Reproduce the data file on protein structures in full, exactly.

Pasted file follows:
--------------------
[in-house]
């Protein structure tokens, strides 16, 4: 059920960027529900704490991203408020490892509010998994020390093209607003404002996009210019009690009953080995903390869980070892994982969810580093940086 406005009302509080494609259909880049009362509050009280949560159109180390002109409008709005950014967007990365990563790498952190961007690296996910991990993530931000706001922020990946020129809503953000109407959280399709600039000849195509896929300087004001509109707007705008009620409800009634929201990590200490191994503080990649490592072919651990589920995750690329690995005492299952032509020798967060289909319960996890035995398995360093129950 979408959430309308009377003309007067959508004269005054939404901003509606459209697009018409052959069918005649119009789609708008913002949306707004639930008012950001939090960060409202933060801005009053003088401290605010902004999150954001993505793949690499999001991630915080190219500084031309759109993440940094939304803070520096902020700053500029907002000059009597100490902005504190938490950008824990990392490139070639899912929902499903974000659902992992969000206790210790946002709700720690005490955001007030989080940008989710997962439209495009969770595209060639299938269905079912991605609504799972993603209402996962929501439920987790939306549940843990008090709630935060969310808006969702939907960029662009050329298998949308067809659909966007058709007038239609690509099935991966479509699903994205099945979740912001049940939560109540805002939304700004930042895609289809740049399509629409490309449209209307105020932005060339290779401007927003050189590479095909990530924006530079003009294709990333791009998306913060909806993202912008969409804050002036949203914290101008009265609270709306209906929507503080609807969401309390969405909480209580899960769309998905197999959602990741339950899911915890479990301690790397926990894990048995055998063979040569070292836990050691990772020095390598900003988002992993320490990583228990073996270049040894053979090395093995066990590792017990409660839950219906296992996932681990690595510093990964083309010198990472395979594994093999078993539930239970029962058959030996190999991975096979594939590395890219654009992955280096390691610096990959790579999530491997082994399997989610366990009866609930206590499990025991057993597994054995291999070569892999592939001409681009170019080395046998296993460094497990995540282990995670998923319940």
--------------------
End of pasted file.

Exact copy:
[in-house]
């Protein structure tokens, strides 16, 4: 059920960027529900704490991203408020490892509010998994020390093209607003404002996009210019009690009953080995903390869980070892994982969810580093940086 406005009302509080494609259909880049009362509050009280949560159109180390002109409008709005950014967007990365990563790498952190961007690296996910991990993530931000706001922020990946020129809503953000109407959280399709600039000849195509896929300087004001509109707007705008009620409800009634929201990590200490191994503080990649490592072919651990589920995750690329690995005492299952032509020798967060289909319960996890035995398995360093129950 979408959430309308009377003309007067959508004269005054939404901003509606459209697009018409052959069918005649119009789609708008913002949306707004639930008012950001939090960060409202933060801005009053003088401290605010902004999150954001993505793949690499999001991630915080190219500084031309759109993440940094939304803070520096902020700053500029907002000059009597100490902005504190938490950008824990990392490139070639899912929902499903974000659902992992969000206790210790946002709700720690005490955001007030989080940008989710997962439209495009969770595209060639299938269905079912991605609504799972993603209402996962929501439920987790939306549940843990008090709630935060969310808006969702939907960029662009050329298998949308067809659909966007058709007038239609690509099935991966479509699903994205099945979740912001049940939560109540805002939304700004930042895609289809740049399509629409490309449209209307105020932005060339290779401007927003050189590479095909990530924006530079003009294709990333791009998306913060909806993202912008969409804050002036949203914290101008009265609270709306209906929507503080609807969401309390969405909480209580899960769309998905197999959602990741339950899911915890479990301690790397926990894990048995055998063979040569070292836990050691990772020095390598900003988002992993320490990583228990073996270049040894053979090395093995066990590792017990409660839950219906296992996932681990690595510093990964083309010198990472395979594994093999078993539930239970029962058959030996190999991975096979594939590395890219654009992955280096390691610096990959790579999530491997082994399997989610366990009866609930206590499990025991057993597994054995291999070569892999592939001409681009170019080395046998296993460094497990995540282990995670998923319940």